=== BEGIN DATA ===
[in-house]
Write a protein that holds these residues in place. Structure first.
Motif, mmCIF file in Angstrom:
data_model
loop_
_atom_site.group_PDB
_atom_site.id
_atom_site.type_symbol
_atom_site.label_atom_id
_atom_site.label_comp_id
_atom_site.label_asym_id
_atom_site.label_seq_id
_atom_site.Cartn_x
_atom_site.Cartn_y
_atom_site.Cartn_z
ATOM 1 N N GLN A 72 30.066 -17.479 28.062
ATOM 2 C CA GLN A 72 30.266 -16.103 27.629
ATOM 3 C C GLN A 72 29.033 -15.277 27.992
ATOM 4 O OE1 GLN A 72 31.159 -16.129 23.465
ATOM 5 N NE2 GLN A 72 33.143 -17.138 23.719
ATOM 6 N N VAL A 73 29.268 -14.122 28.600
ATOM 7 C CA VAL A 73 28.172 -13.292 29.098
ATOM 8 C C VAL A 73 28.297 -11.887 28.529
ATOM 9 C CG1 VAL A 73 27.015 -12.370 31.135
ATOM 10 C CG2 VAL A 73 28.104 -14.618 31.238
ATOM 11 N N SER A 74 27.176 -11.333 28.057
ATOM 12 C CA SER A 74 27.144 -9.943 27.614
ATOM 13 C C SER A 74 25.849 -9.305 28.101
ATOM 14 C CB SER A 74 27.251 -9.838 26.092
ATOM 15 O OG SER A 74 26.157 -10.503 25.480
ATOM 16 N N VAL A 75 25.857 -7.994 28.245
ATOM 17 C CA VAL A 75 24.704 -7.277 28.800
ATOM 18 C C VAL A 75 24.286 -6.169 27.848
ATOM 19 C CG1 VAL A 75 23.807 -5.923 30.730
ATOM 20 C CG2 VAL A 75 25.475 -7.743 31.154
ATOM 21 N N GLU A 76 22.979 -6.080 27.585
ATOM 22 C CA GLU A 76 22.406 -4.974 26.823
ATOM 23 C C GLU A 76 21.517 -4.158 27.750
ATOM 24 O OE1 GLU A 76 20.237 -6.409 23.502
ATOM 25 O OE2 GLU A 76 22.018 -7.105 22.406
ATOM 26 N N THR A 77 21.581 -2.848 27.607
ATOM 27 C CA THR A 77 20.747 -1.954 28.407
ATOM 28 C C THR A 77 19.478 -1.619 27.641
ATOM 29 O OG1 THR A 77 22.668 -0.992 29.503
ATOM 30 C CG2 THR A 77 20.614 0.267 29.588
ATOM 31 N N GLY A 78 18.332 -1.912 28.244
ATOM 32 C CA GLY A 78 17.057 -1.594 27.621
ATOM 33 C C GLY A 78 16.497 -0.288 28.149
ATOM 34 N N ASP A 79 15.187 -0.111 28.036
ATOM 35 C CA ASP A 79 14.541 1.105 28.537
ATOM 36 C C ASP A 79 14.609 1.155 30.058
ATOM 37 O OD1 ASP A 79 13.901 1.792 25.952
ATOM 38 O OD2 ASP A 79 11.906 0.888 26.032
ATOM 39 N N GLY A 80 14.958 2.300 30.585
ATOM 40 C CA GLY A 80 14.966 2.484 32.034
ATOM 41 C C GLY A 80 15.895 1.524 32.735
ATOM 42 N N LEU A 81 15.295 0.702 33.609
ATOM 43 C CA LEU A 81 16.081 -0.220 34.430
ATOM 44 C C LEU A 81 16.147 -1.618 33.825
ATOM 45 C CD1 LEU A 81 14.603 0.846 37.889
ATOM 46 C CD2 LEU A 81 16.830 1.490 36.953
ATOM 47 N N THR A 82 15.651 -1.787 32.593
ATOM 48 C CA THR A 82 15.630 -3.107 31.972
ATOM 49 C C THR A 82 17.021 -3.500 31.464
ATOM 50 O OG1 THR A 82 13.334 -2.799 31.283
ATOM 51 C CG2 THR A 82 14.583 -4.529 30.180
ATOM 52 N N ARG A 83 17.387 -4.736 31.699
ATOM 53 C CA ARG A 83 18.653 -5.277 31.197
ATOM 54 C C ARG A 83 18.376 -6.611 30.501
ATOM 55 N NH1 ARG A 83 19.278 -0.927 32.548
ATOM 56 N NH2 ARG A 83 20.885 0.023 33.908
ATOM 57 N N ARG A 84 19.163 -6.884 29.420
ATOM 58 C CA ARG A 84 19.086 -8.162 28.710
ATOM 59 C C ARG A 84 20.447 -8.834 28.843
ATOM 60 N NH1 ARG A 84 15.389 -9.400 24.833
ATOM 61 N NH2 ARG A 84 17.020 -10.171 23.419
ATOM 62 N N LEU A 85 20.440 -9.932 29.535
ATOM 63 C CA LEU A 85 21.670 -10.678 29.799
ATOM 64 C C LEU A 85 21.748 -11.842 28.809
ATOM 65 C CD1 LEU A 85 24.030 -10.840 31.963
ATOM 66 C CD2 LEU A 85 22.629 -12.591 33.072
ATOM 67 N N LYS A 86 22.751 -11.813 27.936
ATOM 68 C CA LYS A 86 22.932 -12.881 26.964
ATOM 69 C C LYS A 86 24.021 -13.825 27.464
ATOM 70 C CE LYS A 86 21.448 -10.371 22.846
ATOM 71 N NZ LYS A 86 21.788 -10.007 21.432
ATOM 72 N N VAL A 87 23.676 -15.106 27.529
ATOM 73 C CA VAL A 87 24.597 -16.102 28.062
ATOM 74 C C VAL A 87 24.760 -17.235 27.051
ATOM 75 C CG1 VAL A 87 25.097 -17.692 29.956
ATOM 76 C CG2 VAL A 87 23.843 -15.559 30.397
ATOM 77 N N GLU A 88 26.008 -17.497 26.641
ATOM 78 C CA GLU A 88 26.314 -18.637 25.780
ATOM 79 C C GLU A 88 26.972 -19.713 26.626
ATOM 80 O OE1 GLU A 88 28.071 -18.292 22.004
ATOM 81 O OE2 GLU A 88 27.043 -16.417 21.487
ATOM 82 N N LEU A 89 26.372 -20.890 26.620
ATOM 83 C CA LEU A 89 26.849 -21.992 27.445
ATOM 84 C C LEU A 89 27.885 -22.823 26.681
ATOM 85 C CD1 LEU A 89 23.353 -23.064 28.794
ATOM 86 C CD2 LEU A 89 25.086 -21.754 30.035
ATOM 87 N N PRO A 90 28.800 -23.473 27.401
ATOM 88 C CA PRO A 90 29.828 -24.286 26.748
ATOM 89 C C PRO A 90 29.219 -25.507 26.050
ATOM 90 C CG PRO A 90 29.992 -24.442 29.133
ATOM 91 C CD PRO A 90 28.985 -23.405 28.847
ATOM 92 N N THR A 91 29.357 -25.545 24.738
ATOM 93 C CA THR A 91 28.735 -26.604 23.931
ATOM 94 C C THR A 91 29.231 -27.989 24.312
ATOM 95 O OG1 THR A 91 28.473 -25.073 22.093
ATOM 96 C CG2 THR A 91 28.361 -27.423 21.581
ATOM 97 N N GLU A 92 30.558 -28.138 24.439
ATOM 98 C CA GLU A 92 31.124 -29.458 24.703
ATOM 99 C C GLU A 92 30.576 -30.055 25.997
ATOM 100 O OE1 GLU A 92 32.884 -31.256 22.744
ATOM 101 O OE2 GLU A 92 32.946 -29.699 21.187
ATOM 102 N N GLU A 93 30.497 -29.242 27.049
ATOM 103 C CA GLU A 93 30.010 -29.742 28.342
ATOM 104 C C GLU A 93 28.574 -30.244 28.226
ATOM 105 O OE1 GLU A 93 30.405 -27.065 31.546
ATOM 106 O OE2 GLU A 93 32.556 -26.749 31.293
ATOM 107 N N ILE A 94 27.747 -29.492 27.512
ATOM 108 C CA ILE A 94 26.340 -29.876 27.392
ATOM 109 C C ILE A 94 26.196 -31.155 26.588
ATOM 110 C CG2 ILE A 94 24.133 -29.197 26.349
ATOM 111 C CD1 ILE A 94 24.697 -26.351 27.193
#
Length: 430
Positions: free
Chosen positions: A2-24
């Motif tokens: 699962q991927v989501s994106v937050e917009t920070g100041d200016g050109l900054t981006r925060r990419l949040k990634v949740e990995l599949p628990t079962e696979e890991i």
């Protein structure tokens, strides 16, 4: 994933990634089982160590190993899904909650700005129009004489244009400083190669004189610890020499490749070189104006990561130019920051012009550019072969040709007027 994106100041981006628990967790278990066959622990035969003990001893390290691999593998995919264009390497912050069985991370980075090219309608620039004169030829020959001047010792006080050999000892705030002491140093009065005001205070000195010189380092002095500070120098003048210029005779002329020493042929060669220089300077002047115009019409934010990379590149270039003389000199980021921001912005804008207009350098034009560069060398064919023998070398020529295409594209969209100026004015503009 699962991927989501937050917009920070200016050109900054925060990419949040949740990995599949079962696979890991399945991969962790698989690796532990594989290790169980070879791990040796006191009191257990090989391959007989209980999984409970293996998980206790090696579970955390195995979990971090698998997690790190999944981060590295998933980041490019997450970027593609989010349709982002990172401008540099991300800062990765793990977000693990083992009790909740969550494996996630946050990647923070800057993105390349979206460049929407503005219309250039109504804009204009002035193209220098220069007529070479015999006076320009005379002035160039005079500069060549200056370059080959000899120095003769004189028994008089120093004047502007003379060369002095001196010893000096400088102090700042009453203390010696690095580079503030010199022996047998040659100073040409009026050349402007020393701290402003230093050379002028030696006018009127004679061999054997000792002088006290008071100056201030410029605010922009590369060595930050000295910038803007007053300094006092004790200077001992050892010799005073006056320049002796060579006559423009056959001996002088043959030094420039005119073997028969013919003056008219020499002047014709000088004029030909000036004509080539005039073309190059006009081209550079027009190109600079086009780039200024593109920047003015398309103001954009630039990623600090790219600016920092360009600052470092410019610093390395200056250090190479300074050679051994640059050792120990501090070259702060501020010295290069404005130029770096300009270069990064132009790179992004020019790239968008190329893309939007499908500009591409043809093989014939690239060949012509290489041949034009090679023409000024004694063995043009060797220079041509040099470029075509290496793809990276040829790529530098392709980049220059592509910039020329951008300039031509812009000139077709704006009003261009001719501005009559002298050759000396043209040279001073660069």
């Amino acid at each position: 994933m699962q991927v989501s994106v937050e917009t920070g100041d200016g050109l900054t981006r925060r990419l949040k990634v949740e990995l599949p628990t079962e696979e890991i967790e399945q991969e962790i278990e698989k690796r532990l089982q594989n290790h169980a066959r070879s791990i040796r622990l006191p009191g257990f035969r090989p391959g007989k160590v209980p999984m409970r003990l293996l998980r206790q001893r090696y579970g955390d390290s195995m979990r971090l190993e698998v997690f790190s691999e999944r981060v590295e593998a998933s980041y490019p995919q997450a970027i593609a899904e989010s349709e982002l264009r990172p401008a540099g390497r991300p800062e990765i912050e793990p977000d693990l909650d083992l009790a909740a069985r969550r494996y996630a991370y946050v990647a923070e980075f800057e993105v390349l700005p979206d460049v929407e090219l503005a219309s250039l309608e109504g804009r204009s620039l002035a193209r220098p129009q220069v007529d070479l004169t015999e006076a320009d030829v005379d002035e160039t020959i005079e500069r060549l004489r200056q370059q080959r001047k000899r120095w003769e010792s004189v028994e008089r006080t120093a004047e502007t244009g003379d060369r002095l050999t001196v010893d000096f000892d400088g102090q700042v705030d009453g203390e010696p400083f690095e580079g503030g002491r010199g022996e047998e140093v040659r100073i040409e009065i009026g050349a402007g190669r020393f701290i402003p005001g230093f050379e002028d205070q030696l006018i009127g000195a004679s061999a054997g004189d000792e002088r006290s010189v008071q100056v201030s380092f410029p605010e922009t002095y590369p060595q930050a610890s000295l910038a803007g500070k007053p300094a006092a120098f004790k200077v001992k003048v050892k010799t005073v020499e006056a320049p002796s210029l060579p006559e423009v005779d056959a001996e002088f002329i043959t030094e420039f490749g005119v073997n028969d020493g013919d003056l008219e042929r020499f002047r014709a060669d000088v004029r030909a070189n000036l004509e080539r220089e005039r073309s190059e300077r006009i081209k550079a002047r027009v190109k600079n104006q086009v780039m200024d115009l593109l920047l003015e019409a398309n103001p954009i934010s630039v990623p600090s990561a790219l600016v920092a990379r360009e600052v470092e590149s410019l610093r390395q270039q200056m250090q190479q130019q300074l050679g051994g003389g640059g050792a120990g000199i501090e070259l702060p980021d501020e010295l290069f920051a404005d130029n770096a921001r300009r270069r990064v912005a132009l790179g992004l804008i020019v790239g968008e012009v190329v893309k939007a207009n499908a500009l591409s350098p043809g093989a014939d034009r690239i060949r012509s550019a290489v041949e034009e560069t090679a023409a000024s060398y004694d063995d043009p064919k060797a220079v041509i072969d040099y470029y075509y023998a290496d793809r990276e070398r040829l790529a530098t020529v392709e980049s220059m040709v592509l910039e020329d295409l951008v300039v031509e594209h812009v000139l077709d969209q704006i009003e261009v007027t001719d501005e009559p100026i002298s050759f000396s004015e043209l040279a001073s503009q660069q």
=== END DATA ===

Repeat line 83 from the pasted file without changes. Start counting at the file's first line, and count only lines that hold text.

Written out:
ATOM 68 C CA LYS A 86 22.932 -12.881 26.964